Consumer spending likely rose moderately in November, lifted by strong gains in auto sales.
Economists have forecast that spending and incomes both increased 0.3 percent last month. The Commerce Department will release the report at 8:30 a.m. Friday.
The spending gain would exceed the 0.1 percent increase recorded in October, the weakest showing in four months.
Incomes increased 0.4 percent in October, the most since March, with private wages and salaries driving the gain.
Economists predict that incomes rose in November because employers created 120,000 net jobs during the month, and the unemployment rate dropped from 9 percent to 8.6 percent. More people working means more income growth.
The gain in incomes is among statistics that suggest the economy, which struggled for much of 2011, is finishing the year on an upswing.
The government said Thursday that applications for unemployment benefits fell by 4,000 last week to 364,000. It was the third straight weekly drop. And it pushed applications to the lowest level since April 2008, in the midst of the Great Recession.
The economy remains vulnerable to threats, especially Europe's debt crisis. But the job market is strengthening, and the holiday shopping season is ending up better than expected. As a result, many economists are revising up their growth forecasts.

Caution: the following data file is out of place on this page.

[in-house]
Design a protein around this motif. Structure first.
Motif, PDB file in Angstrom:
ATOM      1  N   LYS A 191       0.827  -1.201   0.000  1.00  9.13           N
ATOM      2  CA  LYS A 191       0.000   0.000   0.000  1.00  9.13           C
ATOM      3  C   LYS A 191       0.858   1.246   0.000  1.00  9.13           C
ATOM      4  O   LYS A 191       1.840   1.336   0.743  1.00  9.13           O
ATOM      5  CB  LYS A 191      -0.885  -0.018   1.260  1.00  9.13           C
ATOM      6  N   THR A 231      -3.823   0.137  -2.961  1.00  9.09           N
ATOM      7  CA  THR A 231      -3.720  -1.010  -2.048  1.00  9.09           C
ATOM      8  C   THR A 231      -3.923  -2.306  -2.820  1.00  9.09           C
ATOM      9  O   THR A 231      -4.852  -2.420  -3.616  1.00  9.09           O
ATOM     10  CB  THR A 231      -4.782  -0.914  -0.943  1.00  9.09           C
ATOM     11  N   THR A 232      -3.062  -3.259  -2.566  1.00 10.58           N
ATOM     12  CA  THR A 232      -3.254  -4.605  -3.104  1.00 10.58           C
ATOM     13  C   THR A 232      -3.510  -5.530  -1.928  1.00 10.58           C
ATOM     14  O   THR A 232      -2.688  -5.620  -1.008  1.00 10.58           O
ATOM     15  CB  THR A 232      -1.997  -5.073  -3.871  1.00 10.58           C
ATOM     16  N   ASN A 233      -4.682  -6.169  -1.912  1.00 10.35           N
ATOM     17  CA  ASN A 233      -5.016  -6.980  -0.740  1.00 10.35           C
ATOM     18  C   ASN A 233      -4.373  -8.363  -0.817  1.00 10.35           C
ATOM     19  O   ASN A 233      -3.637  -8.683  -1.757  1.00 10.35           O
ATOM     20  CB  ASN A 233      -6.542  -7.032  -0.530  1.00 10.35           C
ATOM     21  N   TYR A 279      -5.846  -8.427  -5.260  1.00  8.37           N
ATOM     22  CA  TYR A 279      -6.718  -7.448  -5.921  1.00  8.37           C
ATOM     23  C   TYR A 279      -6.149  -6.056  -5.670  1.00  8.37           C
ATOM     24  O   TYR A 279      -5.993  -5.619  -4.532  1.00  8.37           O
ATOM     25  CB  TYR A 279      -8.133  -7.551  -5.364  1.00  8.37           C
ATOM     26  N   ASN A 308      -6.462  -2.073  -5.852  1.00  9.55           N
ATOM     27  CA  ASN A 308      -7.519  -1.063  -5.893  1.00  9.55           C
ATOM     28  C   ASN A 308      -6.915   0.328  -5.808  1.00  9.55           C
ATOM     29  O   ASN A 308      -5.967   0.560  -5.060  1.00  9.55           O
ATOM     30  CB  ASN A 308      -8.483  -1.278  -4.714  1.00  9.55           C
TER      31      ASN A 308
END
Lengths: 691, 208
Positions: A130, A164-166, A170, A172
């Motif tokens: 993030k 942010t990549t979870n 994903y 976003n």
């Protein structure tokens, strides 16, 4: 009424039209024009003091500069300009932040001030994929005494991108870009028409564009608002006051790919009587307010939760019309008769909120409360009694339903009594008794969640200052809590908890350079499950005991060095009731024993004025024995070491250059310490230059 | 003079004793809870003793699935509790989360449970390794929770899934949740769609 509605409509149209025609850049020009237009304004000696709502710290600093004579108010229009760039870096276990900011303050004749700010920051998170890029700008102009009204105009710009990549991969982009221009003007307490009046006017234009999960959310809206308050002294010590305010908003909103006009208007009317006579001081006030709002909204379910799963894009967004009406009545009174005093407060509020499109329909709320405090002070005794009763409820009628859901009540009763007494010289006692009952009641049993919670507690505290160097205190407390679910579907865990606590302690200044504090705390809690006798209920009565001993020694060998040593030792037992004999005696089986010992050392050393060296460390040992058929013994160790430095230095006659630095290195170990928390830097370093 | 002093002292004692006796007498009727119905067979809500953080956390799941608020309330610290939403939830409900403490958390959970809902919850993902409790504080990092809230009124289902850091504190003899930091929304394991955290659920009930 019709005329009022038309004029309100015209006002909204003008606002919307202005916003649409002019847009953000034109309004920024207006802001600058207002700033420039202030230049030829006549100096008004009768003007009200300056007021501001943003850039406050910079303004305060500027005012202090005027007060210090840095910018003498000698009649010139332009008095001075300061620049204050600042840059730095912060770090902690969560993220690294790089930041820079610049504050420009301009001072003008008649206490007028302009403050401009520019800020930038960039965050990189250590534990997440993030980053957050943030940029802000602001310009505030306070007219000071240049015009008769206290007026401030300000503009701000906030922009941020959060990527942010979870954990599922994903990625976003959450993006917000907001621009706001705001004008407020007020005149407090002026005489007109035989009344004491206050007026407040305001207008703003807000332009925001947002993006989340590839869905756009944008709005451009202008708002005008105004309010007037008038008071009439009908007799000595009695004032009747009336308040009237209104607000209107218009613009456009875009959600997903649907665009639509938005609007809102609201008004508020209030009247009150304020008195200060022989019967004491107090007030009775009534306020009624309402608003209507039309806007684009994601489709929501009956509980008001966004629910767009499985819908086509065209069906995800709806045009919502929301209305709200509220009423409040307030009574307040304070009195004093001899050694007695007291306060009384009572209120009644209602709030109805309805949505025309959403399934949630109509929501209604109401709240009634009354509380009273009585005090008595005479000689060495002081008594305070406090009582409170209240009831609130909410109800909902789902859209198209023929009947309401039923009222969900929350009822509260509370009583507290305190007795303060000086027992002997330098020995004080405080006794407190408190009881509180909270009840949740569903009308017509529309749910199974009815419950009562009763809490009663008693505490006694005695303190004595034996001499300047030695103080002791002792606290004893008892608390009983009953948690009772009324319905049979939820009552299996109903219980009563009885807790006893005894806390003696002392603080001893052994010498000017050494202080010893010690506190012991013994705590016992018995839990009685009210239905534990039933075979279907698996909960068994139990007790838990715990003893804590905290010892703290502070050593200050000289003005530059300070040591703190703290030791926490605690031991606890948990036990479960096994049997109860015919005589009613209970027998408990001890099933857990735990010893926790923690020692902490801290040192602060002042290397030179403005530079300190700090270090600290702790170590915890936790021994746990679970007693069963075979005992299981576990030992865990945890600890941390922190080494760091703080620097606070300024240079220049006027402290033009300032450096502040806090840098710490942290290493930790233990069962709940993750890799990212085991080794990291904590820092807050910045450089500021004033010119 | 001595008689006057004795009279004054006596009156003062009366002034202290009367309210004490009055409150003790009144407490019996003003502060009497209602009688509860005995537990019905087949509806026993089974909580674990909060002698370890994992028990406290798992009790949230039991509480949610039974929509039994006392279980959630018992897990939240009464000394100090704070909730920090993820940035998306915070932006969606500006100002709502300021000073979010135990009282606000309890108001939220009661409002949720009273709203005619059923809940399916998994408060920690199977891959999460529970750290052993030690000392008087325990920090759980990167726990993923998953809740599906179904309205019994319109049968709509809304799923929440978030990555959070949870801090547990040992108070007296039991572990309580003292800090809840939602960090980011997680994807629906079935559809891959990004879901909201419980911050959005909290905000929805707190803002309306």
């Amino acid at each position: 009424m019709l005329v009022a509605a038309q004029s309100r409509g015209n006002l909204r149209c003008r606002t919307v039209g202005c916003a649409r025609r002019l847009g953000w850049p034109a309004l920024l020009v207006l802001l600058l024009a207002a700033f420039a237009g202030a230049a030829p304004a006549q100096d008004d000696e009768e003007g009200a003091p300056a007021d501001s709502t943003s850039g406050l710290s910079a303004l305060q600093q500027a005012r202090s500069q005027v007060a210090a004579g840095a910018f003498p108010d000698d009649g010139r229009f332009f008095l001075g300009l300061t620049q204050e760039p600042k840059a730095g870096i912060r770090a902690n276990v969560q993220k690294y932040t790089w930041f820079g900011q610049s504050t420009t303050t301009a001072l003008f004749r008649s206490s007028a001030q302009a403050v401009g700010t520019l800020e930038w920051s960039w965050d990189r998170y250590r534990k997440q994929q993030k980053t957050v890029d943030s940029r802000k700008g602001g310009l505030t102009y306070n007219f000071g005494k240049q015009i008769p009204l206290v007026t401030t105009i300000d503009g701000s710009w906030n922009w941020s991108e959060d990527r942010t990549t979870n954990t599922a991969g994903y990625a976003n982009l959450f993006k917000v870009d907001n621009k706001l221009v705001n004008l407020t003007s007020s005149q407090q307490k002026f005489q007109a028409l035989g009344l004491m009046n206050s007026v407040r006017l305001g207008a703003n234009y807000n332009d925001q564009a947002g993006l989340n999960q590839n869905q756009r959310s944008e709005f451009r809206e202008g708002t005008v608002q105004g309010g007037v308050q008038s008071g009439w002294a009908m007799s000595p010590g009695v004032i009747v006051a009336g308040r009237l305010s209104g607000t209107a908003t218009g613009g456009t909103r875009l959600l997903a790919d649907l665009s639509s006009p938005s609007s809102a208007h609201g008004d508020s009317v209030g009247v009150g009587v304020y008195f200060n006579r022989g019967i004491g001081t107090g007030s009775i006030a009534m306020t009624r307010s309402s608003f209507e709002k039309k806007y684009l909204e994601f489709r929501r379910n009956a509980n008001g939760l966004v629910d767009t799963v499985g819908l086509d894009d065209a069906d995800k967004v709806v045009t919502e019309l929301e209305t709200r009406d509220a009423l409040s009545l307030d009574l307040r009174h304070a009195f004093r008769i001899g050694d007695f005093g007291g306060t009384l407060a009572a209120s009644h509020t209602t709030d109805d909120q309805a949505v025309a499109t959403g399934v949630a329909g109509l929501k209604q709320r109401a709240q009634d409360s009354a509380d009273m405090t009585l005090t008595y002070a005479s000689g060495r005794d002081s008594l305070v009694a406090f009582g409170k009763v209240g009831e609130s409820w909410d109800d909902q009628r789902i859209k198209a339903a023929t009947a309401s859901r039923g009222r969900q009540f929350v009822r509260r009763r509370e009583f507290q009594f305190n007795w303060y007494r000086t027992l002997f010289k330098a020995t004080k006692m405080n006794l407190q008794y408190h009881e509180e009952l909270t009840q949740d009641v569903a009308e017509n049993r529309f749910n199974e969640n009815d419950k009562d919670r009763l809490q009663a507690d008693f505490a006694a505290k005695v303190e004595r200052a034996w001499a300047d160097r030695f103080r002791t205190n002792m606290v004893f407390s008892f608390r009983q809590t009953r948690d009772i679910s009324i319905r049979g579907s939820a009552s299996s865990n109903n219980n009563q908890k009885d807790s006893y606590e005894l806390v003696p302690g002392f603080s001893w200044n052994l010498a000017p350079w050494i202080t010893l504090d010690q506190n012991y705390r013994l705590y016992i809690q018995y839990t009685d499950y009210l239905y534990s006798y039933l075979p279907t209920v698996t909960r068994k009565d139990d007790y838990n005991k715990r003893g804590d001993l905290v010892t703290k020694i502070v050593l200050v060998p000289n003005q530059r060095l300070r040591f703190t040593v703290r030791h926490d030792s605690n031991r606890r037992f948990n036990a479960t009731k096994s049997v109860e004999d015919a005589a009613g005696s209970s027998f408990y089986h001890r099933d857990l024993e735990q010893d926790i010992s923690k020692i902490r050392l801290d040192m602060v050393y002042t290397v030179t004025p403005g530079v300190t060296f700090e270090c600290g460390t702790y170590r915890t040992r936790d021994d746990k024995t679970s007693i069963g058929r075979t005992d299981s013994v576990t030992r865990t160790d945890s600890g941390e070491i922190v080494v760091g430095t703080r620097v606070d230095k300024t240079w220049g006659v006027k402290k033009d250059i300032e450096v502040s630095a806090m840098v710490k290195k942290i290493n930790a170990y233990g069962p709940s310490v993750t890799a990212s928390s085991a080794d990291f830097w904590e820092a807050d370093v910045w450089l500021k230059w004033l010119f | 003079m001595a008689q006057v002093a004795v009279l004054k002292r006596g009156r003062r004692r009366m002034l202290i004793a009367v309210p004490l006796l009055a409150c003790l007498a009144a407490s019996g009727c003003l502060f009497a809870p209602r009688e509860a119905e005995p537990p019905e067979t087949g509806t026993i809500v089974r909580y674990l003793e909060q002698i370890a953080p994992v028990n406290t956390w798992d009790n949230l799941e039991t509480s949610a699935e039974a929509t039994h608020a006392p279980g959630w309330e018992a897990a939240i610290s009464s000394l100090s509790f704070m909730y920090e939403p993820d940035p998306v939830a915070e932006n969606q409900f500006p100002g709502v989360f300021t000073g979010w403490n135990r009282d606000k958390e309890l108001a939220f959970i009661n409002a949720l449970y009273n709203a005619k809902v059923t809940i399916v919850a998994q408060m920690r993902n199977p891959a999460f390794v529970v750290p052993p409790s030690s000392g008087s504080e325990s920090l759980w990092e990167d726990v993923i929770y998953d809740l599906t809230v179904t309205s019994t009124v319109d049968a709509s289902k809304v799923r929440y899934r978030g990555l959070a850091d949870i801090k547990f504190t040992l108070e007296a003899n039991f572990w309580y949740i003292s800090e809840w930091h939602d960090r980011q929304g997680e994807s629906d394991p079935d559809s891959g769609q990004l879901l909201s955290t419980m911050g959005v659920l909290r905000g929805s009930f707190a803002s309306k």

Analysts at JPMorgan think the economy is growing at an annual rate of 3.5 percent in the current October-December quarter. That would be up from 1.8 percent growth in the July-September quarter and would be the best quarterly gain since the spring of 2010.
Economists expect that growth to be driven by an improvement in consumer spending, which accounts for 70 percent of economic activity. Spending rose at a 1.7 percent rate in the third quarter, more than double the second-quarter gain. JPMorgan analysts expect consumer spending to grow at a 3 percent pace in the current quarter.
Even with the spurt of activity at the end of the year, economists think growth for all of 2011 will be a lackluster 1.7 percent.
They had much higher expectations when the year began. But then a spike in gasoline prices held back consumer spending for other items. And the earthquake in Japan disrupted supply chains for auto and electronic parts, dampening factory production in the United States.
Analysts had worried that a standoff in Congress might result in the loss of a Social Security payroll tax cut that benefits 160 million workers. If Congress doesn't approve an extension, the payroll tax will expire at the end of the year. Congress also hasn't yet approved an extension of emergency unemployment benefits for the long-term unemployed.
Analysts said the loss of those two programs could trim growth next year by as much as a full percentage point. But late House Speaker John Boehner announced that he was dropping demands for holiday season negotiations with the Senate and would support a House vote for a temporary two-month extension of the payroll tax cut and the emergency unemployment benefits, giving lawmakers more time next year to reach a one-year deal.
Even if the programs are renewed for the full year, many analysts do not expect growth in 2012 to be significantly better than in 2011.
JPMorgan economists predict the economy will expand 1.9 percent in 2012, only slightly better than this year.